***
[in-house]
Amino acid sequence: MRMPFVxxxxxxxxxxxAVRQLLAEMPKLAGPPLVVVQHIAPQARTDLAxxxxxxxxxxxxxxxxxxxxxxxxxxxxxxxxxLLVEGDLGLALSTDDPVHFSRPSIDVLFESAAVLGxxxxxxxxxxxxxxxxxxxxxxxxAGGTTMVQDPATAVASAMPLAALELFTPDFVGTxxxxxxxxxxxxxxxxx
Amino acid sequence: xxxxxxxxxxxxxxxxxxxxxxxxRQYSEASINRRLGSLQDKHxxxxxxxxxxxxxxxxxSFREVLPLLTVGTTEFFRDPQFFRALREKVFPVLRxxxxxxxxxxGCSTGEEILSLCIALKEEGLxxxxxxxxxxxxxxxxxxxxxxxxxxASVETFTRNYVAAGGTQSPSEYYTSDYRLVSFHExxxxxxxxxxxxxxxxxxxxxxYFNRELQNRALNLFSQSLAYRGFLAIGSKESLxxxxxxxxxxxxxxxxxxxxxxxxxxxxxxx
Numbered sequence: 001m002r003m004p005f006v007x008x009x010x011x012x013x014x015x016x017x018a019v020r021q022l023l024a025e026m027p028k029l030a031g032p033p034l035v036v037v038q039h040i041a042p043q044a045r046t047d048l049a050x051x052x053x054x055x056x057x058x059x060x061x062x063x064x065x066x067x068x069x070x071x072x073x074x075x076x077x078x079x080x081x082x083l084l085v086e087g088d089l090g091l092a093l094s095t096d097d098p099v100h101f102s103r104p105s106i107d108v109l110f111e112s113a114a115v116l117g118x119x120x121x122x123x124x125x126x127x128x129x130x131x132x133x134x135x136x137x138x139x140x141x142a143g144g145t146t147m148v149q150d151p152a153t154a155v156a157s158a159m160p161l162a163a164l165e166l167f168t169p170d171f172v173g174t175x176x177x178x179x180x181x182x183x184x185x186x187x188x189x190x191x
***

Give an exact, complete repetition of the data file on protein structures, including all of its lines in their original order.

[in-house]
Amino acid sequence: MRMPFVxxxxxxxxxxxAVRQLLAEMPKLAGPPLVVVQHIAPQARTDLAxxxxxxxxxxxxxxxxxxxxxxxxxxxxxxxxxLLVEGDLGLALSTDDPVHFSRPSIDVLFESAAVLGxxxxxxxxxxxxxxxxxxxxxxxxAGGTTMVQDPATAVASAMPLAALELFTPDFVGTxxxxxxxxxxxxxxxxx
Amino acid sequence: xxxxxxxxxxxxxxxxxxxxxxxxRQYSEASINRRLGSLQDKHxxxxxxxxxxxxxxxxxSFREVLPLLTVGTTEFFRDPQFFRALREKVFPVLRxxxxxxxxxxGCSTGEEILSLCIALKEEGLxxxxxxxxxxxxxxxxxxxxxxxxxxASVETFTRNYVAAGGTQSPSEYYTSDYRLVSFHExxxxxxxxxxxxxxxxxxxxxxYFNRELQNRALNLFSQSLAYRGFLAIGSKESLxxxxxxxxxxxxxxxxxxxxxxxxxxxxxxx
Numbered sequence: 001m002r003m004p005f006v007x008x009x010x011x012x013x014x015x016x017x018a019v020r021q022l023l024a025e026m027p028k029l030a031g032p033p034l035v036v037v038q039h040i041a042p043q044a045r046t047d048l049a050x051x052x053x054x055x056x057x058x059x060x061x062x063x064x065x066x067x068x069x070x071x072x073x074x075x076x077x078x079x080x081x082x083l084l085v086e087g088d089l090g091l092a093l094s095t096d097d098p099v100h101f102s103r104p105s106i107d108v109l110f111e112s113a114a115v116l117g118x119x120x121x122x123x124x125x126x127x128x129x130x131x132x133x134x135x136x137x138x139x140x141x142a143g144g145t146t147m148v149q150d151p152a153t154a155v156a157s158a159m160p161l162a163a164l165e166l167f168t169p170d171f172v173g174t175x176x177x178x179x180x181x182x183x184x185x186x187x188x189x190x191x